• Indigenous peoples in Guatemala

    Indigenous peoples in Guatemala

    Guatemala is home to 24 principal ethnic groups. Although the Government of Guatemala has adopted the UN Declaration on the Rights of Indigenous Peoples, the country’s indigenous peoples continue to face a number of challenges.
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Indigenous women deprived of their liberty in Guatemala

Racism and patriarchy present profound challenges within the Guatemalan prison system. The penal system is a reflection of the discrimination experienced by Indigenous women all over: for being women, Indigenous and poor. In the face of this adversity, the Colectivo Artesana promotes public policies that protect the human rights of Indigenous female prisoners. False accusations, planted evidence, fraudulent use of bank accounts and the absence of translation services during the legal process are among the many recurring irregularities.

In Guatemala, Indigenous Peoples represent 43.75% of the population or 6.5 millions of their 14.9 million inhabitants. This makes Guatemala one of the countries with the largest Indigenous population in Latin America, along with Mexico, Peru and Bolivia. As if structural discrimination and 85% illiteracy in Spanish were not enough, Guatemala's Indigenous women have to face a criminal justice system governed by Western norms and conducted by men. The Guatemalan penal system reflects the discrimination denounced by the "Agreement on Identity and Rights of Indigenous Peoples" signed in Mexico in 1995: "In order to overcome the historical discrimination against Indigenous peoples, the cooperation of all citizens is required to transform mentalities, attitudes and behaviour. This transformation begins with all Guatemalans clearly recognising the reality of racial discrimination, as well as the imperative need to overcome it in order to achieve true peaceful coexistence".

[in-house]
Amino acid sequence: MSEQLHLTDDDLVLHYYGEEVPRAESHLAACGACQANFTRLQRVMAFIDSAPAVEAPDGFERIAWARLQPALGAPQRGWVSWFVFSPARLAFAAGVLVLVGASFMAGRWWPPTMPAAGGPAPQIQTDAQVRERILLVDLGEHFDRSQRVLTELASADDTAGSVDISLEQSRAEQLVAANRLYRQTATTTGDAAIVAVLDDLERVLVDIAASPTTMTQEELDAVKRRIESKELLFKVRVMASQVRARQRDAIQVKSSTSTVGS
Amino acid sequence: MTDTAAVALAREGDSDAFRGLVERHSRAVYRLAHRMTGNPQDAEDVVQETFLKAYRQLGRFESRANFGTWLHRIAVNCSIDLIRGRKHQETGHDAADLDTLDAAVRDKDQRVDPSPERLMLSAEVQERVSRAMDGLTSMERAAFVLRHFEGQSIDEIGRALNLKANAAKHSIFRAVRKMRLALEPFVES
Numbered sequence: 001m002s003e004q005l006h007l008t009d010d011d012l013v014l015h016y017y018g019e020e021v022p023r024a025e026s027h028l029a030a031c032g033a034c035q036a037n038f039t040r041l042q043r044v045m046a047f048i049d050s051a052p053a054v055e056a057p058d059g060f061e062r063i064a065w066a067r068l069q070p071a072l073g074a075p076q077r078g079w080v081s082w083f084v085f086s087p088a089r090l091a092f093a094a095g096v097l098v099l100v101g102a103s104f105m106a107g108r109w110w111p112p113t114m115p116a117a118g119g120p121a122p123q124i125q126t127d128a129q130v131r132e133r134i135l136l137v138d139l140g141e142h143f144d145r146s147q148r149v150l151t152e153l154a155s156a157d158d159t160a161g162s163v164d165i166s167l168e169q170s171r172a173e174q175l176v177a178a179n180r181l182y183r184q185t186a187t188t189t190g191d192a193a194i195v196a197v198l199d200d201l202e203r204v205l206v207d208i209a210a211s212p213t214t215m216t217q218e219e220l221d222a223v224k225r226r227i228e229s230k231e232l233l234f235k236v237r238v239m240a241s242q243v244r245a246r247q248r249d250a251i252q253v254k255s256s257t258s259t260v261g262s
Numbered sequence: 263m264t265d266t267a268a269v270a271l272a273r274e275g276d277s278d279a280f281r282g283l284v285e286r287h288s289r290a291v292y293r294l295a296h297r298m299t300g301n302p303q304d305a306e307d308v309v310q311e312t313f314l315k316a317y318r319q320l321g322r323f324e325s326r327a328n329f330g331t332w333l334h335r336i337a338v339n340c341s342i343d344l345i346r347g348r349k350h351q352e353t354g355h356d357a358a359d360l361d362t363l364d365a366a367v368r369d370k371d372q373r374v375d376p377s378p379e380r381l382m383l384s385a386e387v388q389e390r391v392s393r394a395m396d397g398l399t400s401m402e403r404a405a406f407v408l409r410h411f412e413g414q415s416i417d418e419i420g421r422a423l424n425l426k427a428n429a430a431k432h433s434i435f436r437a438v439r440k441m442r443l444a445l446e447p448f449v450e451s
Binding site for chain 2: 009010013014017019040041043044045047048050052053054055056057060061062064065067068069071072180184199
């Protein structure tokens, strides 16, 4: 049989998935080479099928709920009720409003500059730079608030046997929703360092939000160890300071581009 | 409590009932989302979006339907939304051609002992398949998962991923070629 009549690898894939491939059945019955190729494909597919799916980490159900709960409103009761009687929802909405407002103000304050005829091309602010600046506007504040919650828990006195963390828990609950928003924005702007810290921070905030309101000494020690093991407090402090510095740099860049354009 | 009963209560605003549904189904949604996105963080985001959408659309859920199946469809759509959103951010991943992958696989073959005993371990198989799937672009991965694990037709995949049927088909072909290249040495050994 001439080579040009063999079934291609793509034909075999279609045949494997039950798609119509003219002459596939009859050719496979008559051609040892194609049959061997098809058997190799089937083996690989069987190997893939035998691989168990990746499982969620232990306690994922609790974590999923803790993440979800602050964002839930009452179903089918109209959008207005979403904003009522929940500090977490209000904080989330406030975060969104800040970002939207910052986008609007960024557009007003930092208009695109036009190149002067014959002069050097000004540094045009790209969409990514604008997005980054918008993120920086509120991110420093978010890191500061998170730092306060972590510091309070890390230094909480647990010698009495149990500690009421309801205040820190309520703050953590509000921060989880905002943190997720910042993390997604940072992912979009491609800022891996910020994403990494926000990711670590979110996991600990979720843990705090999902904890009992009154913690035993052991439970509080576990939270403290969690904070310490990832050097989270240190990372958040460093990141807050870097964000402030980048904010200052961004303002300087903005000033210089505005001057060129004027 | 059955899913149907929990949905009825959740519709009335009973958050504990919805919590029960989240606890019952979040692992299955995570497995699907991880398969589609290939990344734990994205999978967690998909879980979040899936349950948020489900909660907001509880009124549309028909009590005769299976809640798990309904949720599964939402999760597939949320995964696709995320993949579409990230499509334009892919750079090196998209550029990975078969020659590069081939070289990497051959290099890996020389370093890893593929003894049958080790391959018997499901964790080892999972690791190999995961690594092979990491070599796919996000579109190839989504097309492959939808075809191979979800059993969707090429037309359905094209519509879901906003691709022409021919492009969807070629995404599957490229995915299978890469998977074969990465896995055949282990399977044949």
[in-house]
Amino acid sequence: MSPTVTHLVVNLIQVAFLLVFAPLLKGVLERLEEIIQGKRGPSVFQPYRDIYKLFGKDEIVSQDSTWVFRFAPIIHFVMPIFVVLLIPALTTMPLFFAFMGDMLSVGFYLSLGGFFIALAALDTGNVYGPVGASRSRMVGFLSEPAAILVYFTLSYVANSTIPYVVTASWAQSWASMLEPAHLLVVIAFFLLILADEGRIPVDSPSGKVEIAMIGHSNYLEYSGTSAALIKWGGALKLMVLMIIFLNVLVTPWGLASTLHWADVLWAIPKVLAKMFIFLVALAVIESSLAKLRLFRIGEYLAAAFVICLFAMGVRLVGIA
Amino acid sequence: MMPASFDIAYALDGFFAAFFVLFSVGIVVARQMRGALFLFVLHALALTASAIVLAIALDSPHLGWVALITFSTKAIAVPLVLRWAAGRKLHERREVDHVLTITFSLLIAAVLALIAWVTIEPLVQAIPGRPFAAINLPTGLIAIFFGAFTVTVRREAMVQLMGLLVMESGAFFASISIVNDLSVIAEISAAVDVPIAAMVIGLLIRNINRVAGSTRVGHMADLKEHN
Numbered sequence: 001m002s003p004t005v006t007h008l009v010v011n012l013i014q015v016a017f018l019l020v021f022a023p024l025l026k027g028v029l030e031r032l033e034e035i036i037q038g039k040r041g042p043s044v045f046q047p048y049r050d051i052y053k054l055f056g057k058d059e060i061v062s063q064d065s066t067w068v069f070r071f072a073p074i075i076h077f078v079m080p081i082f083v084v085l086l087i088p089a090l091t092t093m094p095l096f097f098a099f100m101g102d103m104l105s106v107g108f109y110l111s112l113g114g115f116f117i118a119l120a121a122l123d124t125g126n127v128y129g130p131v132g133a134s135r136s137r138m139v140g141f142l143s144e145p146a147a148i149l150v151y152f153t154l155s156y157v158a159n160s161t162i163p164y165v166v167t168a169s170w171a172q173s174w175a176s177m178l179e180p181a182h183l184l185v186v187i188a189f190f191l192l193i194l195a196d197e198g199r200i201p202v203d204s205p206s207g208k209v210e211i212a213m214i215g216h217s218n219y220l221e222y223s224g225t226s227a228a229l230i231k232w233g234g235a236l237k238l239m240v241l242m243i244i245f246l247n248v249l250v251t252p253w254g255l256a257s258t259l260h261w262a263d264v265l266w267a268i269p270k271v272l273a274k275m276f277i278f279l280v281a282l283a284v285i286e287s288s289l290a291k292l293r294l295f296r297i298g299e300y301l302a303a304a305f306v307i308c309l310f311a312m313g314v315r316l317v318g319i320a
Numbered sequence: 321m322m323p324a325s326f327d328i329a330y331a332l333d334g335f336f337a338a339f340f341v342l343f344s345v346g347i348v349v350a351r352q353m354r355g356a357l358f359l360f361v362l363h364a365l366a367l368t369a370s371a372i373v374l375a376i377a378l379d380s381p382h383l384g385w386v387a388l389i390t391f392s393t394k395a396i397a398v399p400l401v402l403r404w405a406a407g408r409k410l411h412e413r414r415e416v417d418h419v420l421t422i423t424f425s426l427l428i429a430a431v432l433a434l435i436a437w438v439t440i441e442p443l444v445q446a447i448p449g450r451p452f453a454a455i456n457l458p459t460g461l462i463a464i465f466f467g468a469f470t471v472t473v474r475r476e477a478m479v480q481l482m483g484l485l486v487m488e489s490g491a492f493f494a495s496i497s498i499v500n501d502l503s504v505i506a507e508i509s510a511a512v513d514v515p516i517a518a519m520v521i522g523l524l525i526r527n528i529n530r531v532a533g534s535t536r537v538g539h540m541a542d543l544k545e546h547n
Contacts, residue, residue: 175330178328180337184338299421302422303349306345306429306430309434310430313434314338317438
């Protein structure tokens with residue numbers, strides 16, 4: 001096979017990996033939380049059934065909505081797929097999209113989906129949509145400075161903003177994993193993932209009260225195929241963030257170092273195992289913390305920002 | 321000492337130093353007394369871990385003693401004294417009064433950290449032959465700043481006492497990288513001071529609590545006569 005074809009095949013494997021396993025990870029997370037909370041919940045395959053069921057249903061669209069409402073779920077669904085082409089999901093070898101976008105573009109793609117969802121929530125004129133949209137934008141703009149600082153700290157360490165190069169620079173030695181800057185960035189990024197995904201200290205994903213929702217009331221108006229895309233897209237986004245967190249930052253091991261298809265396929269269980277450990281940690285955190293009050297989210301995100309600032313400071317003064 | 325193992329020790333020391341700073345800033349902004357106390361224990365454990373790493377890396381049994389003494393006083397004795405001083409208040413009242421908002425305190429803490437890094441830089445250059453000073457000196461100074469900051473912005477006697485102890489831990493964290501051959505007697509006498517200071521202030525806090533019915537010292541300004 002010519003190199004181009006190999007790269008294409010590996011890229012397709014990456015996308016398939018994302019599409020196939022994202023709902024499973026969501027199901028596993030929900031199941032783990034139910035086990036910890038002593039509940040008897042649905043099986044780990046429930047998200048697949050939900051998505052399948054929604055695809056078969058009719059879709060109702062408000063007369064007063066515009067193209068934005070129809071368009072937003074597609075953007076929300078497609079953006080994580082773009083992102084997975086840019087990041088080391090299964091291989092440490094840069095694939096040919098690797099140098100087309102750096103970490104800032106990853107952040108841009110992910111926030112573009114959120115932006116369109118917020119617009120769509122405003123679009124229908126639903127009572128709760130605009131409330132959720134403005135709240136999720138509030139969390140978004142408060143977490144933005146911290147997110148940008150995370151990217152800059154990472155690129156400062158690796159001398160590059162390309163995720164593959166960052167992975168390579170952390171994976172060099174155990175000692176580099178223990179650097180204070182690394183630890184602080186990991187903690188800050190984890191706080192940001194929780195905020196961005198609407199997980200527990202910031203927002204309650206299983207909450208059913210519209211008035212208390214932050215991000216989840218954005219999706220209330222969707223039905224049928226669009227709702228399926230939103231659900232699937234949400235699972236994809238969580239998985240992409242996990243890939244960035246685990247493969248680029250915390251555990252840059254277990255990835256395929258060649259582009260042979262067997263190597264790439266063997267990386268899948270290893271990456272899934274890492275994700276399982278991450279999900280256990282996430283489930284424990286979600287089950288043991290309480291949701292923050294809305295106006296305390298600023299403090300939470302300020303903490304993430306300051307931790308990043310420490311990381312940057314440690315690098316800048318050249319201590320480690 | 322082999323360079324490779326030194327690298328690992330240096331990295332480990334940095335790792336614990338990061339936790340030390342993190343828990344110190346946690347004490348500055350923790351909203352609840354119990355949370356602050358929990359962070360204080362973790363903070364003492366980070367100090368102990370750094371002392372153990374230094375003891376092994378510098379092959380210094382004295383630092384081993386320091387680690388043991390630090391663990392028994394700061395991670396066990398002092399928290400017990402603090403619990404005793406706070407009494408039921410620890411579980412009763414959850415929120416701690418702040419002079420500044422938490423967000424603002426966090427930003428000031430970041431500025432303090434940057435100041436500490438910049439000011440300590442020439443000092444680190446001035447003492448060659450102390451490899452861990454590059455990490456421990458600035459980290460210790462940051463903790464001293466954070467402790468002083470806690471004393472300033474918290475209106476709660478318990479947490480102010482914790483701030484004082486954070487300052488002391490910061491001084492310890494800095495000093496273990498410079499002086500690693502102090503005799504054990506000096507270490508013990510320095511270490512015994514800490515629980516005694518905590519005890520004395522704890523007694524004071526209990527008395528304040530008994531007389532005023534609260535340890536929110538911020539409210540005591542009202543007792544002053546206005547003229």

Exacerbated by the shortcomings of a prison system that is 300 per cent overcrowded and whose personnel are unaware of the standards of confinement set out by the "United Nations Rules for the Treatment of Female Prisoners and Non-custodial Measures for Known Female Offenders", better known as the Bangkok Rules, Guatemala is going through an extremely critical moment regarding women in dispute with criminal law. For the first time in history, the percentage ratio between incarcerated men and women is at 11 %, when the general average in Latin America is between 2 and 18 % (CEJIL).

In Guatemala, this percentage of women deprived of their liberty represents an alarming increase from the average of between 7 and 9%. Furthermore, the average age is between 18 and 36 years old: this means that female heads of household, women at their most productive age and mothers with an average of three children are being removed from society. And the state is not addressing this issue. There has also been a significant increase in cases of criminal extortion, which could mean women are re-victimised as they are required to provide bank accounts for extortive deposits and then they are forced to withdraw payment.

Accounts from the Artesana Collective

Over the last 30 years, the United Nations has studied the various power mechanisms used to sentence and punish around the world. While Western societies promote "codified-written" norms, according to which the penalty for an act must be previously determined by law as a crime, Indigenous cultures have had to abandon their "customary" principles, which value deeds identified as socially dangerous by means of principles and customs (and not by pre-existing norms). Thus, the principle for judging a given conduct rests on local customs of the Indigenous community itself, which is most familiar with the circumstances of social irregularity.

Against this backdrop, the Colectivo Artesana is a Guatemalan organisation that for the past 15 years has been promoting the development of public policies aimed to prevent criminal offences committed by women and in favour of the rights of incarcerated women, prison guards and the children and adolescents with family members deprived of their liberty. The ultimate goal is to put an end to social discrimination and the complete disregard of their rights, which will contribute to the prevention of violence and crime. In this regard, the collective has developed a set of strategies aimed at protecting the human rights of women in